Flash Boys is the most recent book from Michael Lewis, who is one of the best in the business at taking a complicated story and making it a fast-paced and engaging read. Here are some quotes that jumped out at me while reading the book, and my interpretation of how they can relate to work and life:
‘When something becomes obvious to you… you immediately think surely someone else is doing this.’”
– Dan Spivey, who decided to create a new, straight-line path for a fiber optic data transport line between Chicago and New York.
A true innovator’s dilemma. You come up with a great idea and it is either a) flawed in a way you haven’t realized yet; b) being thought up and acted upon by three other people you haven’t heard of yet; or c) you really have struck gold. This can be a paralyzing moment for a new concept, and it is a delicate balance between doing your homework to make sure it’s worth investing in and not blowing your opportunity to be first to market. However, if the ONLY differentiator your solution has is time-to-market, than you had better come up with a follow-on strategy. History is littered with “firsts” that fell by the wayside once someone came along who did it slightly better or cheaper.
‘People lived beyond their means, and the way they did it was by going into debt, That’s what shocked me the most. Debt was a foreign concept in Canada. Debt was evil. I’d never been in debt in my life, ever.’”
– Brad Katsuyama of the Royal Bank of Canada upon his arrival in Manhattan.
A lovely lesson from the North. While we all know that debt is often required to grow a business or own a home or afford an education, the fact that attitudes regarding unnecessary debt didn’t change after the 2008 crisis shows we have a ways to go.
‘It’s not just enough that I’m flying in first class. I have to know my friends are flying in coach.’”
- Jeremey Frommer, founder & CEO of Carlin Financial.
We’ve all interacted with these types before, but when this attitude dominates your workforce, people are too focused on their own individual incentives vs. those of the company as a whole. Which can lead to some pretty lousy decisions.
For the first time in his career, he felt that he could only win if someone else lost, or, more likely, that someone else could only win if he lost.”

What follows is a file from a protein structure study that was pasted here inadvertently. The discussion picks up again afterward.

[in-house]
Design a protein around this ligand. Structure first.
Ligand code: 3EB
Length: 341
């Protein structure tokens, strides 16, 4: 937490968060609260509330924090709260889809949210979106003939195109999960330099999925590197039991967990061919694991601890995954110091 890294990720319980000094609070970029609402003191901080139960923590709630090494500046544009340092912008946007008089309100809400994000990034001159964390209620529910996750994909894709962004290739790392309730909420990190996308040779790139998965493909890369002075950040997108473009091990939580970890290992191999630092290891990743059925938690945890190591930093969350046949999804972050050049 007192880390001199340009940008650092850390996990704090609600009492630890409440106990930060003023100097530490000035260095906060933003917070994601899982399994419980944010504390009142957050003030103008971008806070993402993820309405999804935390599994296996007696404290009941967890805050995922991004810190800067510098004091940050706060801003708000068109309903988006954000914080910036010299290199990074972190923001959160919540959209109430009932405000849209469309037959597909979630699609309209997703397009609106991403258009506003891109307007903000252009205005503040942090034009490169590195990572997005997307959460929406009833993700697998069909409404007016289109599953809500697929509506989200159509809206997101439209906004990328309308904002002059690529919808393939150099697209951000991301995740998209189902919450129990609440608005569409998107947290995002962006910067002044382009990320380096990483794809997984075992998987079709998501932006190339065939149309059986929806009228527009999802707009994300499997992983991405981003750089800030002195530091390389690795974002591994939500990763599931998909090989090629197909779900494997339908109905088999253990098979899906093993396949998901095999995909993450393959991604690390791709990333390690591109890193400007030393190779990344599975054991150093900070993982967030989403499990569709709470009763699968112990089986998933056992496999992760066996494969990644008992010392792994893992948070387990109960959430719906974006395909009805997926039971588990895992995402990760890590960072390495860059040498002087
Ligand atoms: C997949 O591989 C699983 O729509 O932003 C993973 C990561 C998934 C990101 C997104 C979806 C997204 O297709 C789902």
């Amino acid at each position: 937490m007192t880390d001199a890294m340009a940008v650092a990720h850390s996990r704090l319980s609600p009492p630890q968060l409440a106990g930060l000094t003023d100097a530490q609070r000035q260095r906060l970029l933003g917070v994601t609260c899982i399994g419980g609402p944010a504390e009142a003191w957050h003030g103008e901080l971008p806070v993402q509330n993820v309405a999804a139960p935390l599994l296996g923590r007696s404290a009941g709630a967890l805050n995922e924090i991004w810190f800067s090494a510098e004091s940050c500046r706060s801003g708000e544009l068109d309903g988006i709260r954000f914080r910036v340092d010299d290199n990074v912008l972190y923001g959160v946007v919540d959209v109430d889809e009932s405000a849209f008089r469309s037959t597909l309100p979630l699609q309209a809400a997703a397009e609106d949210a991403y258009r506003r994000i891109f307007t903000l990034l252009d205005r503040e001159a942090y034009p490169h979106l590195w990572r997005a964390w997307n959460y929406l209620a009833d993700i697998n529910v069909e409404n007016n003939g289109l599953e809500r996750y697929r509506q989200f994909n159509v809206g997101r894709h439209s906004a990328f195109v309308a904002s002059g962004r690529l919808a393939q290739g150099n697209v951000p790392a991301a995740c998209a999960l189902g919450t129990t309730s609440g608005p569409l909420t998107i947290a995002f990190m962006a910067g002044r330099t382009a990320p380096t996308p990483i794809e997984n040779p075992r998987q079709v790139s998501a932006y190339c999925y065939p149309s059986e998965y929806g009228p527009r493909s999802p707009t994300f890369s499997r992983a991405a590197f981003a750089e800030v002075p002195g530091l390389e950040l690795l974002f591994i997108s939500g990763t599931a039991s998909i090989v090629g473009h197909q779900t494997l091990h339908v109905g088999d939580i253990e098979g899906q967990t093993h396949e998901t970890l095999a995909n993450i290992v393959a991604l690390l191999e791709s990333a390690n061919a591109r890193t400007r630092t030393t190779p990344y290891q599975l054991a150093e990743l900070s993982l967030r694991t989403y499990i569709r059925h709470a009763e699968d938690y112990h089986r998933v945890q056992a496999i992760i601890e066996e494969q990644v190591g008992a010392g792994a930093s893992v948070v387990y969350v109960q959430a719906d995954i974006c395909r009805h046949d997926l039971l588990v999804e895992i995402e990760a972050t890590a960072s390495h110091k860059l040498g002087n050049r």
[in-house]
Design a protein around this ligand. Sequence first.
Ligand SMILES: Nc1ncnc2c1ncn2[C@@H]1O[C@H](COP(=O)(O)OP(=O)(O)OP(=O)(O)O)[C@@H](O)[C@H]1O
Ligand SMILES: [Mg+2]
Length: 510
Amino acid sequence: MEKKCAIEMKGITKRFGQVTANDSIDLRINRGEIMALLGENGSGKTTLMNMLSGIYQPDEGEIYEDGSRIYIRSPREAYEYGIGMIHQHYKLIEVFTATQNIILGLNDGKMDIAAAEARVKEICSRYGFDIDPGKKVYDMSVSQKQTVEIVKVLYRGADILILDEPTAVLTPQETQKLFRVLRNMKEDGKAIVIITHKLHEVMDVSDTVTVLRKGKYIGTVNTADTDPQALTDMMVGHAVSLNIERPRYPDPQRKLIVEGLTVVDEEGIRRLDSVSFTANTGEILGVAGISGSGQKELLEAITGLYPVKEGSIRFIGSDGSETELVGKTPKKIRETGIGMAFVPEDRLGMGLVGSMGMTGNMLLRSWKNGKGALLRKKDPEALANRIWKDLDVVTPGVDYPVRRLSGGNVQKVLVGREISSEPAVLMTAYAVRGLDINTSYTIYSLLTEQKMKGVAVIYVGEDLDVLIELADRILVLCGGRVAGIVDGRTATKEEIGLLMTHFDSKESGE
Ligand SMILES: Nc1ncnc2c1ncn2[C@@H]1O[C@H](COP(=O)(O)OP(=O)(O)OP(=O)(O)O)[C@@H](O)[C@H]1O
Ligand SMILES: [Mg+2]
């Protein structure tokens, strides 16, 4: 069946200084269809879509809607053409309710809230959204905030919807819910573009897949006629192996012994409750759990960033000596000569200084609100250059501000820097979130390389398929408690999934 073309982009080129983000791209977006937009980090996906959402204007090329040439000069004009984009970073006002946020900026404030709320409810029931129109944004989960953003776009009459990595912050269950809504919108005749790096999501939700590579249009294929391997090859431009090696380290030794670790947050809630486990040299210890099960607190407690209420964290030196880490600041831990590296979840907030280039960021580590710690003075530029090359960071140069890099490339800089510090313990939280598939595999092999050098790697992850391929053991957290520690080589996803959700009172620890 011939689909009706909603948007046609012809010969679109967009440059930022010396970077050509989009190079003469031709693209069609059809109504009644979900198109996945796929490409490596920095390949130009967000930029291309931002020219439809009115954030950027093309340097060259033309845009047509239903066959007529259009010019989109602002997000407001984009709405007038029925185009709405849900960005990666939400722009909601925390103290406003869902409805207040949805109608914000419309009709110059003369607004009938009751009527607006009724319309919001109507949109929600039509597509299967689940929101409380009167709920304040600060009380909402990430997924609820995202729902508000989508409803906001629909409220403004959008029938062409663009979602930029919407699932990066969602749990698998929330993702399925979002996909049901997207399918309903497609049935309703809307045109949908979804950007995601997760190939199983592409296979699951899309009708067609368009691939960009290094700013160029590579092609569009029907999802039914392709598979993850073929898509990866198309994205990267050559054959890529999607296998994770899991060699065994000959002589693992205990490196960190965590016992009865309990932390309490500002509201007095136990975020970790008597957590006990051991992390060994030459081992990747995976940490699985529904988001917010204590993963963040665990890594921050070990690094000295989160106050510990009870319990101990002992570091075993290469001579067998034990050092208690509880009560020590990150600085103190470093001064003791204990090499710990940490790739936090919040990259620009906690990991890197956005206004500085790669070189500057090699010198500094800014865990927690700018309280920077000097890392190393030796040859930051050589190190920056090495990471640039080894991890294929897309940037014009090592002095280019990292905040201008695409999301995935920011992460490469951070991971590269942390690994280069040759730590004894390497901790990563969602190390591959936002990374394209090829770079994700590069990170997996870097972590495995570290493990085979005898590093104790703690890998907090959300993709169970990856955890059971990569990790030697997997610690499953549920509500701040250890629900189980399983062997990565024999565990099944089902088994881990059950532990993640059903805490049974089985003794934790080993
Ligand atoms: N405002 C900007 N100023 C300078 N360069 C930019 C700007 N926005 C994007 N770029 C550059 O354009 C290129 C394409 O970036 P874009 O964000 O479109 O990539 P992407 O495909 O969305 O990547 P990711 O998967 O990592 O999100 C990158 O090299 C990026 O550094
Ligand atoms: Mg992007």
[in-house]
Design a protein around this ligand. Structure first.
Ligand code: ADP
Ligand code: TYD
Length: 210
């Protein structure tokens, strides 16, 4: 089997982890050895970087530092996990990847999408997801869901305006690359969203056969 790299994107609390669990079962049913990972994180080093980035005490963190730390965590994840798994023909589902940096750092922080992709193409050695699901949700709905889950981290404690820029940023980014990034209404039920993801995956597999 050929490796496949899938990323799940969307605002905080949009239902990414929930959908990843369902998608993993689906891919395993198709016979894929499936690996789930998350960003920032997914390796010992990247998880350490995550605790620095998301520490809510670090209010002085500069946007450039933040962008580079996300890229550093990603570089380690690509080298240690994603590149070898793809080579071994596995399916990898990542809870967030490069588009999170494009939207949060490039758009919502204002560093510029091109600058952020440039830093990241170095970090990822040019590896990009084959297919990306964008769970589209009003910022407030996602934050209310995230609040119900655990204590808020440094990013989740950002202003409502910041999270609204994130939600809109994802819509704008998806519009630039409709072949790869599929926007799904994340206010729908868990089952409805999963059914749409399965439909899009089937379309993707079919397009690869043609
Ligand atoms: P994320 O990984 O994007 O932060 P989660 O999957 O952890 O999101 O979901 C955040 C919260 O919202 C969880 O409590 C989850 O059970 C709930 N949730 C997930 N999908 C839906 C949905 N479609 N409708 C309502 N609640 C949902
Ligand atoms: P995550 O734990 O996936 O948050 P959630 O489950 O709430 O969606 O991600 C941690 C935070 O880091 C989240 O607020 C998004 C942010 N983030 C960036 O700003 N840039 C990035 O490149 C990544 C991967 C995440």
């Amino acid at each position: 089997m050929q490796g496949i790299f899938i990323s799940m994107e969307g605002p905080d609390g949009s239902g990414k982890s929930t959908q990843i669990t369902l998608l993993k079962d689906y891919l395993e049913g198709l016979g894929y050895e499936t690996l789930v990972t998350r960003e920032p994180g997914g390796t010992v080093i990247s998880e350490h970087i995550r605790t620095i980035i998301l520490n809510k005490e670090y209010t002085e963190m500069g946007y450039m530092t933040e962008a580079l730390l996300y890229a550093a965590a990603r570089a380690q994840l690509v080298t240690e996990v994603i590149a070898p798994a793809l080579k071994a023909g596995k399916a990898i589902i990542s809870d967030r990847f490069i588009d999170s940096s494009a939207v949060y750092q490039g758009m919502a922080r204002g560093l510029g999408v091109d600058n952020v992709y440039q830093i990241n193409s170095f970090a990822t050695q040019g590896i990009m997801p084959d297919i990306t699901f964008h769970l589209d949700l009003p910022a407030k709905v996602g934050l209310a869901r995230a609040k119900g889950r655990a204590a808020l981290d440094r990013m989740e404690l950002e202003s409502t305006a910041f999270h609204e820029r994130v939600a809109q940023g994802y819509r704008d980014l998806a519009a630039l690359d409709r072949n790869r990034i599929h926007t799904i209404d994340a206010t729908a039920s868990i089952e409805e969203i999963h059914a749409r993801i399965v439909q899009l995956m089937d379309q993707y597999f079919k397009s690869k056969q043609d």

- Katsuyama’s feelings on what had happened to the U.S. financial markets.
Understanding if your market opportunity is a zero-sum game is very important. If you and your competitors are all competing for the same limited pool of customers or advertising dollars or real estate, then it is going to be some nasty business and the focus will shift from creative innovation to cold, hard optimization and commodity avoidance.
‘People in this industry don’t want to admit they don’t know something… Almost never do the say, ‘No, I don’t know. Tell me.””
- Kasuyama on how the ego and insecurity of Wall Street led to a system where almost no one actually understood how it worked.
As I have written about before – admitting ignorance can be an opportunity. But in this world, that was viewed as a sign of weakness so instead people were operating without full knowledge of the situation.
A product manager, to be any good, had to be obsessive. The role has been spawned by the widespread belief that traders didn’t know how to talk to computer geeks and that computer geeks did not respond rationally to big, hairy traders hollering at them. A product manager stood between the two groups, to sort out which of the things the traders wanted that were most important and how best to build them.”
- The authors’ description of the product management role on Wall Street.
Product management is different everywhere you go. For the product managers in these banks, it seems like a thankless job where you’re not spending a ton of time surveying the market and getting ahead of it, but rather being reactionary and triaging things. Unfortunately, this is often the case in businesses where they are playing catch-up or just have too much of a backlog to ever get their head above water.
‘I know what you’re doing. It’s genius. And there’s nothing we can do about it. But you are only two percent of the market.’”
- A high frequency trader from the Citadel.
The sad truth is that you can be innovative without truly being disruptive. I’ve had the good fortune to work on several solutions that, for the customers and markets where they were implemented, completely transformed how things were done. But if you can’t get mass adoption, it doesn’t really matter much in the long run.